Kraft Heinz, the Fortune 500, $100 billion food giant, recently hired 29-year old David Knopf as its new Chief Financial Officer. His promotion, according to a recent Forbes article “is another sign that financial professionals are accumulating more and more responsibility at a younger age.” If Goliath multinationals give wunderkinds a C-Suite seat, why not law? Three reasons are: (1) legal culture; (2) macroeconomic changes that have reshaped the buy-sell dynamic and the vacuum created by law firms’ failure to respond; and (3) the distinction between legal ‘practice’ and ‘delivery.’
Legal Culture Is About Lawyers and Pedigree—Business Keys are Right Resources and Results
Legal culture was fashioned by white, middle-aged lawyers for their peers. This preserved the industry’s homogeneity, and self-regulation maintained its insularity. Lawyers created a ‘legal language’ devoid of plain speak—no doubt to create a verbal moat between ‘lawyers and non-lawyers.’ Legal culture promoted ‘lawyer exceptionalism’ and fueled the myth that everything lawyers do is ‘bespoke’ and requires a formal legal education/licensure. Lawyers—especially those in larger firms—gained the bulk of their experience during years of phased apprenticeship at the firm. The hierarchical structure of law firms militated against meteoric rises, so firm leadership was typically comprised of ‘seasoned’ lawyers–especially those with a book of business. Law was predictable, steady, and static. Those that paid their dues—worked hard, billed exorbitant hours, and fit the firm’s profile were ultimately promoted to partnership—or became partners at lesser firms. The skills necessary to succeed were: knowledge of the law, hard work, endurance, patience, risk aversion, and the ability to maintain client relationships and to create new ones. Innovation was not part of the bargain. Creativity and ‘fresh ideas’ were neither encouraged nor generally well-received. Large firms had an ‘if it ain’t broke don’t fix it’ mentality. As Richard Susskind wryly observed, ‘It’s hard to convince a roomful of millionaires that their economic model is wrong.’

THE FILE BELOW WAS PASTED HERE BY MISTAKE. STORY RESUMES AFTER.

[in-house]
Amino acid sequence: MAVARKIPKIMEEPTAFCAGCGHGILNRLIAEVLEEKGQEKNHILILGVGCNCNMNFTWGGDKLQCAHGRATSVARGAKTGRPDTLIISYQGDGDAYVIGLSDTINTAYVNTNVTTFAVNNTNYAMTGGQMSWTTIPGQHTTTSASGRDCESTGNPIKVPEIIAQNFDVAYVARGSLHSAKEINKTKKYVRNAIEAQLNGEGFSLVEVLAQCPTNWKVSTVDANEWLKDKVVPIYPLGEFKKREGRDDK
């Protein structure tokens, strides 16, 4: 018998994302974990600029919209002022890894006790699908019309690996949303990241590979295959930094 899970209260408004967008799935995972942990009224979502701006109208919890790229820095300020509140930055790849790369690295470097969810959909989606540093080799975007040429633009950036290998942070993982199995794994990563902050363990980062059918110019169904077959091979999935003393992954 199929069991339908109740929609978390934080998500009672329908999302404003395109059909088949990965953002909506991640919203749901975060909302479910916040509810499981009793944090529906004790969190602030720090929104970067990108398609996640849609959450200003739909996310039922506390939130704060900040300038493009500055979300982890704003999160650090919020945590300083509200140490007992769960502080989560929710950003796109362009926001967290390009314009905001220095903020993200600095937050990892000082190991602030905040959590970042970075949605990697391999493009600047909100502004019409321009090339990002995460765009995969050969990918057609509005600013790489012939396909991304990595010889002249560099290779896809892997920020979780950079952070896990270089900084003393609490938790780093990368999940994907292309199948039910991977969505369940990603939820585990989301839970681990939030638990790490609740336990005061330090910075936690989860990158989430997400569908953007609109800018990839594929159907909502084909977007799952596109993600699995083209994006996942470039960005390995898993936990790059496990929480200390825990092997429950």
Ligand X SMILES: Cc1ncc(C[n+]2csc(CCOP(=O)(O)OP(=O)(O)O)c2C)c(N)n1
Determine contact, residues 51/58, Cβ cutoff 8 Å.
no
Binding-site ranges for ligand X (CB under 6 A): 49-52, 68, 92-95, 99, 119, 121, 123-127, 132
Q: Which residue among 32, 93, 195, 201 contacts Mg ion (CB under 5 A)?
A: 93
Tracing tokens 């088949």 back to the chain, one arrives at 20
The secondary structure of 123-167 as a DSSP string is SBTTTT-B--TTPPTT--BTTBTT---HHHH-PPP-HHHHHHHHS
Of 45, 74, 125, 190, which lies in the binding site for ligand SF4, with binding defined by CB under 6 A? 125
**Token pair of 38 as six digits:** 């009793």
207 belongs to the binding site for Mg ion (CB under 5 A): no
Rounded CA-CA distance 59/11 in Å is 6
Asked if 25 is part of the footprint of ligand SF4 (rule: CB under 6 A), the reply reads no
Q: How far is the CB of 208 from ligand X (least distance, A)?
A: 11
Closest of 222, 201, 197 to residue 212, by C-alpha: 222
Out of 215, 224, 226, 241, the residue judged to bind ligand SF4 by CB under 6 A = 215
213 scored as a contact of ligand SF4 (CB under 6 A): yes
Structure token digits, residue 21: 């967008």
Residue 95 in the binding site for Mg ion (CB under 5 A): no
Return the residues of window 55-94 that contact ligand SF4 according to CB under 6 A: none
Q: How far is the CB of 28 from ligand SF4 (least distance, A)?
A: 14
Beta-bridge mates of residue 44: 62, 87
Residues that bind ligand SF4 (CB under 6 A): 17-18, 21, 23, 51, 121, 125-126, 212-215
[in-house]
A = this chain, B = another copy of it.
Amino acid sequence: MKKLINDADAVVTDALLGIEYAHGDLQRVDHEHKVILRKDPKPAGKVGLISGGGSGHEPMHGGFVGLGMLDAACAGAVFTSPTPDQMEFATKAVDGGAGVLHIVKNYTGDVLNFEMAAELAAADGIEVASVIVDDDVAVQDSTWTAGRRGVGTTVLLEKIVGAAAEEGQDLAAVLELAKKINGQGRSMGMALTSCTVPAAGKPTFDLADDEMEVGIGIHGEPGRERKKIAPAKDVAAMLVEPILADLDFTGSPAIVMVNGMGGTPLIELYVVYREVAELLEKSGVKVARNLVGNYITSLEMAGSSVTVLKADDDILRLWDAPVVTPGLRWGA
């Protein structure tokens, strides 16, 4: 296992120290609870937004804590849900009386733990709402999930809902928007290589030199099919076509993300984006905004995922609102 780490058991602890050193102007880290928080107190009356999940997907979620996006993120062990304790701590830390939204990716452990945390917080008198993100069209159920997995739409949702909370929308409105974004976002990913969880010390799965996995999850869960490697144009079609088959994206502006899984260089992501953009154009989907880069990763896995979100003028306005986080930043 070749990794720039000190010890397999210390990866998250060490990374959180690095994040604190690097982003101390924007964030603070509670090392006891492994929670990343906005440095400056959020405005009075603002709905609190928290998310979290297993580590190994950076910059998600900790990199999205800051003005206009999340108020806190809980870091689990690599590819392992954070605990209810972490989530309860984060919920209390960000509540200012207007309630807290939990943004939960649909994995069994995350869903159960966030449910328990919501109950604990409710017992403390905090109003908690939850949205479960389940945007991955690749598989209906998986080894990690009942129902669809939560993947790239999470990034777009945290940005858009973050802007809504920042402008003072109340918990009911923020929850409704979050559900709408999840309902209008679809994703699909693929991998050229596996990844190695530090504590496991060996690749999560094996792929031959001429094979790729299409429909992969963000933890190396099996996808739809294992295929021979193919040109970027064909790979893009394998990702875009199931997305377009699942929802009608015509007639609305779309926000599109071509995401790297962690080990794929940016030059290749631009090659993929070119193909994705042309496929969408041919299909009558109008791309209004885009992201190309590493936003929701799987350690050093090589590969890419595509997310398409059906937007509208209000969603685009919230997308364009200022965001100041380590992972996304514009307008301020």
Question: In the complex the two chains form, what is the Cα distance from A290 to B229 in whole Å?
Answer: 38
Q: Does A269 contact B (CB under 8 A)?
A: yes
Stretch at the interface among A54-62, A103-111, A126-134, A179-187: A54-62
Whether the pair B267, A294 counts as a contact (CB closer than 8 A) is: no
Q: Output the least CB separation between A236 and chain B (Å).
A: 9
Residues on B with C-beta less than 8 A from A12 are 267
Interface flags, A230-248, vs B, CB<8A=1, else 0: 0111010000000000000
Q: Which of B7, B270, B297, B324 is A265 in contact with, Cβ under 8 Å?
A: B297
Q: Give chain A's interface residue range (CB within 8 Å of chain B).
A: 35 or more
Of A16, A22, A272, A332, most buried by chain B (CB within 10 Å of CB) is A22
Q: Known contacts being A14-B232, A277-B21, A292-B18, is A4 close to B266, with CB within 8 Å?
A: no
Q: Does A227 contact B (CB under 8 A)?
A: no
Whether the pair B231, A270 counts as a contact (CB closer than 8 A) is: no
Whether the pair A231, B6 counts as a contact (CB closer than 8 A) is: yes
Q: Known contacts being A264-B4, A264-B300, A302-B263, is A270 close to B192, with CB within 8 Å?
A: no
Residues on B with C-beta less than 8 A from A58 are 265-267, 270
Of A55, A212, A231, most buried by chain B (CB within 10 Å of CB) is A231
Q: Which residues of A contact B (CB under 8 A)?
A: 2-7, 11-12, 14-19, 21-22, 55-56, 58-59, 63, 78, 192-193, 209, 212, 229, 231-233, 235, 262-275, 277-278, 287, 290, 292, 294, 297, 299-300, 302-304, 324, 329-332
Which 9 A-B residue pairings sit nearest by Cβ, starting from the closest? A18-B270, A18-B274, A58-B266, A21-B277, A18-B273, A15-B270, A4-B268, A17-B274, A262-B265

The process was simple and repeated over decades: a company had a legal matter; in-house counsel sourced it to a law firm with whom it ‘had a relationship’; the firm’s lawyers handled all facets of the case start-to-to finish; a bill ‘for services rendered’ was submitted and paid. Rinse and repeat. Law firms rode the wave of their clients’ expansion—first nationally and later internationally. Firms grew and prospered even as the businesses they represented became increasingly diversified, complex, and reliant upon technology and process to conduct operations. Law firms continued to ‘engage in the practice of law’—applying a ‘brute force, ’labor-intensive, ‘leave no stone unturned’ approach even as their clients’ volume of data, regulatory challenges, and trans-border operations demanded that the delivery of legal services—the business of law– be rendered more efficiently and cost-effectively.
Business operates by taking calculated risk and embracing innovation, automation, and digitization; law firms have continued to sell high-priced labor and pedigree—even for the many tasks that do not warrant it. This has created misalignment between firms and clients and has led to a significant diminution of firm market share. Law firms are playing checkers—clients chess.
The Legal Industry Has Been Slow to Adapt to Powerful Socioeconomic Forces That Have Changed the Buy-Sell Dynamic
A Trinity of powerful socioeconomic forces has reshaped the way people live and work across the globe. Those forces are: (1) remarkable advances in technology; (2) globalization; and (3) fallout from the global financial crisis of 2007. The confluence of these factors—and social media –has created a digital marketplace—the intersection of expertise, technology, and process that has altered the way goods and services are bought and sold, providing customers with provider access and transparency; heightened competition; and a reconfigured division of labor operating from new delivery models. Digitization has upended incumbent providers that have failed to embrace it. Medicine, for example has morphed from ‘medical practice’ to ‘the delivery of healthcare services. The medical profession offers a glimpse into law’s future; physician time is now leveraged by machines, process, other professionals and paraprofessionals. Physicians perform only high-value tasks that warrant their differentiated professional expertise, skills, and training—machines and/or others human resources in the supply chain do the rest. Law—like medicine decades earlier—is undergoing a fundamental reshuffling of the deck.